Saturday, March 26, 2011

"Prometheus Bound” is simply incredible

Prometheus Bound

Script and lyrics by
Steven Sater (from the play by Aeschylus)

Music composed by
Serj Tankian

Directed by
Diane Paulus

Stephen Petronio

Set Design
Riccardo Hernandez

Costume Design
Emily Rebholz

Lighting Design
Kevin Adams

Serj Tankian

Gavin Creel*

Lea DeLaria*

Michael Cunio*

Gabriel Ebert*

Daughter of the Aether
Jo Lampert*

Daughter of the Aether
Celina Carvajal*

Daughter of the Aether
Ashley Flanagan*

Uzo Aduba*

(*) members of Actors Equity Association

Emmanuel Avellanet
Kevin Lin
Bart Mather

I don’t really go out much to see the ART shows, but when I saw the posters for “Prometheus Bound” I was immediately intrigued. I wasn’t too familiar with the original Greek play by Aeschylus so when I saw it was translated and made into a rock musical, how could I resist? The show itself was being presented at the Oberon Club, where The Donkey Show was playing its extended run. I had been the Oberon before, but when I walked in and saw we’d be standing and watching the show, it felt like I was about to see a rock concert. Another added bonus was the fact the book was written Steven Sater, known for his work on the musical Spring Awakening. The music was composed by Serj Tankian, the man best known for his amazing work as the lead singer for System of a Down.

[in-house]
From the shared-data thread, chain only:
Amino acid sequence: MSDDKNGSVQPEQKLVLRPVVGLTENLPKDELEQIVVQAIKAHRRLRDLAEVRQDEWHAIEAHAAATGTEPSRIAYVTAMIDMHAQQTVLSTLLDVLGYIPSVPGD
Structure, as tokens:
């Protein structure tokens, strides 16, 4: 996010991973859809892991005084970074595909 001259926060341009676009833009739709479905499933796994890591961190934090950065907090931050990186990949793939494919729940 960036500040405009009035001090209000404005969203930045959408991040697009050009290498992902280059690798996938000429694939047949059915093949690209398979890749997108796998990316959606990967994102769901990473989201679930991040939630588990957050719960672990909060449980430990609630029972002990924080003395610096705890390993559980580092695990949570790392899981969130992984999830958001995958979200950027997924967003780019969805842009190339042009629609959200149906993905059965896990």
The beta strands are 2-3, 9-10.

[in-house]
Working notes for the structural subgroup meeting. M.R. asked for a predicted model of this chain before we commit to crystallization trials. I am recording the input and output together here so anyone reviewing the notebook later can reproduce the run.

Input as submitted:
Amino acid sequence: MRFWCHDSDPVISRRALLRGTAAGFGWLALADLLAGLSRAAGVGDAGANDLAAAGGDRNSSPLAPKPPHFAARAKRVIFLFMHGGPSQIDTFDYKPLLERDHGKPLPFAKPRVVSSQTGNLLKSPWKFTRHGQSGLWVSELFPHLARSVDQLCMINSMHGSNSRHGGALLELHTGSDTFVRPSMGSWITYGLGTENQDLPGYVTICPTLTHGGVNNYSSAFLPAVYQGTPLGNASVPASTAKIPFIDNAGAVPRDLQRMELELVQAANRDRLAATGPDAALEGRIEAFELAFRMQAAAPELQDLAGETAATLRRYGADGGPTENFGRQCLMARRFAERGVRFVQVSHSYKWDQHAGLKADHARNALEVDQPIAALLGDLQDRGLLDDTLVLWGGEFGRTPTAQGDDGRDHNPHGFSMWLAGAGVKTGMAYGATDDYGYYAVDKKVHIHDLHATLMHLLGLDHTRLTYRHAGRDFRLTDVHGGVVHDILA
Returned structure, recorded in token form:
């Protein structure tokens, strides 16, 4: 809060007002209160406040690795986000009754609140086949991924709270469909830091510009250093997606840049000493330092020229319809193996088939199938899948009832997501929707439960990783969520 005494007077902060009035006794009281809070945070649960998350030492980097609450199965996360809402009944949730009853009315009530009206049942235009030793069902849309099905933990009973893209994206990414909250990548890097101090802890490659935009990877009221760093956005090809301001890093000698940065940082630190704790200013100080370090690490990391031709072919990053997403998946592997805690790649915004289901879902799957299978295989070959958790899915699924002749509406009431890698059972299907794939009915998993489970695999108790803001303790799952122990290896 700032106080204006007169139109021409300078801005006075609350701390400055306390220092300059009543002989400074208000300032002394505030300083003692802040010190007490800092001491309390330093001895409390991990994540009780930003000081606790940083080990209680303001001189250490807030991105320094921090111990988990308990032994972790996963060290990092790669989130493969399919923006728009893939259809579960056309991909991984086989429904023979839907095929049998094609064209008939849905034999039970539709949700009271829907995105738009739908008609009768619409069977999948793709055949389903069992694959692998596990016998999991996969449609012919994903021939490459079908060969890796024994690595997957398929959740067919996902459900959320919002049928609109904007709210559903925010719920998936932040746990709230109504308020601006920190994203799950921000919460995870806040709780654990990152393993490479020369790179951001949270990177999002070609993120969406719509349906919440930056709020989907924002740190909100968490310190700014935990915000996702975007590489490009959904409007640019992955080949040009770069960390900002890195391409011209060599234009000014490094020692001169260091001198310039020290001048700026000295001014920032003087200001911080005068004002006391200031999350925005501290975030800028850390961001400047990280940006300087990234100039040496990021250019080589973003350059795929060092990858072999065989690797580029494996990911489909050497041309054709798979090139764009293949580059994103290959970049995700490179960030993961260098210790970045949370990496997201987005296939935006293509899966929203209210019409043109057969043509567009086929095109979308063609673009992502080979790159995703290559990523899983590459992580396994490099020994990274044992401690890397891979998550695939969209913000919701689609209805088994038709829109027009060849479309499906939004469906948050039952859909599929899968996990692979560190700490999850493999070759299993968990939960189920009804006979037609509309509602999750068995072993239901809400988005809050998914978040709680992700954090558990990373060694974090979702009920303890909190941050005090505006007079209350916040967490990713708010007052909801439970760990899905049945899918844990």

Prometheus Bound was based on the Greek play that told the story of a Titan, Prometheus, who had stolen fire from the gods in order to give it to mankind. In addition, he gave them the power of knowledge as well, much to the chagrin of the new king of the Gods, Zeus. Before all of this occurred, Prometheus and a few others sided with Zeus and the new Gods to overthrow this previous rule, establishing himself as an advisor and friend in this new kingdom. However, after delivering the power of these new gifts to mankind, Zeus ordered him to be chained and bound. He would remain so for all eternity, and to top it off, have his liver ripped out every day by birds only to have it grow back, repeating this daily torture. Despite his punishment and the pleading of others, Prometheus refuses to give in and apologize for his actions, truly believing in his cause.

Where do I begin with this show? Everything about this production blew me away. Immediately when the show starts, the opening number sung by the cast, "The Hounds of Law" sets the tone with pulsating rocking sounds that echoed through the club and through the audience. It was amazing. The cast’s voices blended so well and I was immediately hooked. I immediately starting a bit of light head banging myself, moving with this amazing score. The music was a bit of a departure (not by much) from System of A Down’s work, but you could still hear slight similarities, with waling guitar riffs and synthy tones. For every rocking number, there were sweeter and softer powerful songs such as "The Hunger", a beautiful number sung by Io, a woman who had been pursued by Zeus, and the chorus like Daughters of Aether, creating this hauntingly beautiful atmosphere throughout. I was practically in tears as they sang this telling tune. The music and lyrics for this show were so well crafted and there was so much variation. No song was like the other and I truly enjoyed every bit of it. It was hard to pick a favorite.